React Higher-Order Components in TypeScript made simple

  • These attributes were chosen to illustrate all the aspects of HOCs while keeping the HOC as simple as possible.PropsThere are three types of props we need to consider when creating a HOC: OriginalProps, ExternalProps and InjectedProps.OriginalProps are props of the wrapped component.
  • The state of the HOC is simple, just the count of the clicksOptionsAs stated before, HOC is a function that takes a component and returns a component.While this is true, many HOCs take the form of curried HOC factories (like the mentioned connect from react-redux) that take a configuration object…
  • If you need to interact with props or states from here, the only way to do it is to specify options as functions, that take the props or states as arguments.For ClickCounted the options are simple – a flag indicating whether to console.log on click:Putting it all togetherHaving declared all the…
  • Now that we have the signature, all that’s left is to implement the HOC:First, we define the type alias for the resulting component’s props — the TOriginalProps ExternalProps to simplify its reuse.
  • Props and state are passed to it with whatever was in the OriginalProps along with the clickCount from the HOC state.Using the HOCTo illustrate how to use our HOC, we create a Demo component, that displays a different text depending on the amount of clicks and a custom message.Notice the type…

On a simple React Higher-Order Component, the process of writing them in TypeScript is demonstrated along with advice and rationals behind the type declarations
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Getting Started with React Native and Flow – React Native Training – Medium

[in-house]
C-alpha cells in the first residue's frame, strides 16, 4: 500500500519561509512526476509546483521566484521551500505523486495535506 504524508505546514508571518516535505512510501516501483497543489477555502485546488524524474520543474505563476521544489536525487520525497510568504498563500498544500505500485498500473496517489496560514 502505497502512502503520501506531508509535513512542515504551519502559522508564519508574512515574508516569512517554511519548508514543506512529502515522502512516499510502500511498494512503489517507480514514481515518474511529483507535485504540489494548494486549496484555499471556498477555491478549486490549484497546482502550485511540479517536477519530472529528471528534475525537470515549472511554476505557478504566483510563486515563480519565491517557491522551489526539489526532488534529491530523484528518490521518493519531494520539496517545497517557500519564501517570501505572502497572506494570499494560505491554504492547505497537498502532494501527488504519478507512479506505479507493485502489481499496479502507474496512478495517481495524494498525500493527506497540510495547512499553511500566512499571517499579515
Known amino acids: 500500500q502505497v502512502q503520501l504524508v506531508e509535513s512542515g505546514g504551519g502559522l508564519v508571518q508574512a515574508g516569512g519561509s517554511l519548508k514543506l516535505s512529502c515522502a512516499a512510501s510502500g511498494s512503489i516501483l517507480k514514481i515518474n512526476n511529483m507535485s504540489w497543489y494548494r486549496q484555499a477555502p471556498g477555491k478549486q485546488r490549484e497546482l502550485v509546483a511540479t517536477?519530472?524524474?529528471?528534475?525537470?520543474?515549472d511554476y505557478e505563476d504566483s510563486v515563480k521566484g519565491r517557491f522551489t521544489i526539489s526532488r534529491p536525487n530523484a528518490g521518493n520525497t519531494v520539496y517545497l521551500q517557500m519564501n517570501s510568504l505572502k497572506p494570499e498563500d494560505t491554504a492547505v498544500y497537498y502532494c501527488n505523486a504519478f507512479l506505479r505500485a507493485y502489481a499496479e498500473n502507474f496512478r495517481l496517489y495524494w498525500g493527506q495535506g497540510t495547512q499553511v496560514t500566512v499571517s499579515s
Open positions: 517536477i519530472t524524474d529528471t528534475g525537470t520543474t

Getting Started with React Native and Flow 📱👌 #javascript #react #reactnative #flowtype

  • Using the Flow server For a large project, you probably only want Flow to recheck files incrementally when they change.
  • To get started, we first need to make sure we either have flow set up in our project at node_modules/bin/flow (as we have already done above) or installed globally.
  • To stop the server, we can run node_modules/.bin/flow stop to stop the server.
  • In our project, we start the server by running node_modules/.bin/flow , which we’ve saved as an npm script npm run flow .

Flow allows us to easily add static type checking to our JavaScript. Flow will help you prevent bugs and allow for better code documentation among other things. A lot of the React Native…
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Building a React.js App: Component Validation with PropTypes

Building a React.js App: Component Validation with PropTypes by @tylermcginnis33  #React

  • So looking at how the repos component is being used, you’ll notice we’re passing in username and we’re passing in a repo .
  • Now you’ll notice we get this warning, “Failed propType required username was not specified in repos .”
  • We don’t have to have it required, but as we talked about earlier when we use repos, we basically need a username and a repos array for this, so let’s go ahead and now when we render our repos component, let’s go ahead and take out username and let’s see what happens.
  • If we come in and we just render the notes component list this,
  • So everything is working correctly, but now what we’ve done is we’ve made the userProfile , the repos , and the notes component all validate that they’re being used correctly .

In this video, we’ll add PropTypes to some of our existing components to ensure that each component gets the data it needs to function properly.
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